CNN reported witnesses heard a pop and saw a fireball emerge from under the plane.
An eyewitness told San Francisco's KCBS the plane looked like it was "at an odd angle" as it was coming in to land.
That statement was backed up by another witness, Stephanie Turner, who told MSNBC the plane tried to land at too steep of an angle.
"(I) noticed the tail was too low. The plane came in at a bad angle; the tail clipped the runway," Turner said. "It went through quite a few acrobatics on the runway. It went behind (another plane). Instead of coming in flat, it was coming in at, I'd say, a 45-degree angle."
David Eun posted a photograph on Twitter shortly after the crash showing passengers leaving the wreck. Eun, who is an executive at Samsung, said he was on board the plane during the crash.
Shortly after posting the picture, Eun tweeted, "Fire and rescue people all over the place. They're evacuating the injured. I haven't felt this way since 9/11." He also said that most of the passengers appeared to be OK.
Various witnesses told CNN the plane spun sideways once it hit the ground.
"Nose wheel never hit the ground. There was no fireball after the initial one," Anthony Castorani, a witness at the airport, said. "There was a white plume of smoke, then after they doused it for about 20 minutes, there was some lighter smoke."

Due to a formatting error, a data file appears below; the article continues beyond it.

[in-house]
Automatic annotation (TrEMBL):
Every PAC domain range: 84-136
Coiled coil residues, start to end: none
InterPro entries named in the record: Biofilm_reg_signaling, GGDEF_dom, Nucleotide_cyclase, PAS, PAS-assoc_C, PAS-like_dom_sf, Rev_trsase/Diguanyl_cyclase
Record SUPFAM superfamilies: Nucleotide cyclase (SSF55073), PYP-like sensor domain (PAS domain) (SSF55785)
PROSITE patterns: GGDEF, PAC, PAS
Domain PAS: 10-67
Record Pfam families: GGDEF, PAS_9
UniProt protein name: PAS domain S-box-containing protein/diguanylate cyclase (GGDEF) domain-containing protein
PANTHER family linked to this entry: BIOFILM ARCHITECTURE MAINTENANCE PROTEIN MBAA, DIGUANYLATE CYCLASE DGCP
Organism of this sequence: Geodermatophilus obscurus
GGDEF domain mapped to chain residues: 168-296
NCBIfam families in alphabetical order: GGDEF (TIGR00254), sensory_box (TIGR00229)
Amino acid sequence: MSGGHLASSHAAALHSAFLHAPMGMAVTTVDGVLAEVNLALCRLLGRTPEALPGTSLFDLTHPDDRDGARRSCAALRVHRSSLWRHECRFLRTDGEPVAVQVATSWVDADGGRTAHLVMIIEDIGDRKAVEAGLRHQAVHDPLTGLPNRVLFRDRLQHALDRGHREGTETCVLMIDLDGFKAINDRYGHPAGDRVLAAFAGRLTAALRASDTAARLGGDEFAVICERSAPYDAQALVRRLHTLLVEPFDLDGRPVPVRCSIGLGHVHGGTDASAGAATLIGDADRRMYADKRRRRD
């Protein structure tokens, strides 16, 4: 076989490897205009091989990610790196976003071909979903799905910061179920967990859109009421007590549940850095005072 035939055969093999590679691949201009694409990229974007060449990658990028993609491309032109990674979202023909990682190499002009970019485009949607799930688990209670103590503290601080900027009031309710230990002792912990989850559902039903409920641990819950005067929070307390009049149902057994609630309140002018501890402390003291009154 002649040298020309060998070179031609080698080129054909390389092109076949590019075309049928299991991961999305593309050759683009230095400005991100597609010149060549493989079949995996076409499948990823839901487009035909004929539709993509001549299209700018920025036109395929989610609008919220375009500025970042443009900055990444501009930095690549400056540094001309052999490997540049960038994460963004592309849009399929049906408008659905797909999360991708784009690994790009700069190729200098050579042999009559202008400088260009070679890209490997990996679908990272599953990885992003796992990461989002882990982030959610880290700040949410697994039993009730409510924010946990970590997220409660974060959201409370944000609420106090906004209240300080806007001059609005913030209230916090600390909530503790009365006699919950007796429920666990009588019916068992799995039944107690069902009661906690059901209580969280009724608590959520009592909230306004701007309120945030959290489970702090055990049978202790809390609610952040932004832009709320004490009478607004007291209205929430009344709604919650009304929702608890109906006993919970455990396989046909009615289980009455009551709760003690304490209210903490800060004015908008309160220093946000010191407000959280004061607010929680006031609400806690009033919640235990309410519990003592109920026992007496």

Chloe Harrington, 13, was on a plane on the runway when it happened. She said she "saw pillars of smoke coming up. A plane with the tail completely missing. We got news it had crashed upon landing."
There were no first responders on the runway as the plane landed, and other planes were lined up ready for takeoff.
All air traffic out of San Francisco International Airport was canceled for about three hours, and arriving aircraft were diverted to different airports in the region.
The FBI said there were no indications of terrorism or criminal activity associated with the crash.
Boeing tweeted a statement that said, "Our thoughts are with everyone affected by today's incident at SFO. We stand ready to assist the NTSB."
The investigation into the crash will center on the condition and competency of the pilot, the flight date recorder inside the plane and the communications between the flight crew and the air traffic control tower to identify what went wrong.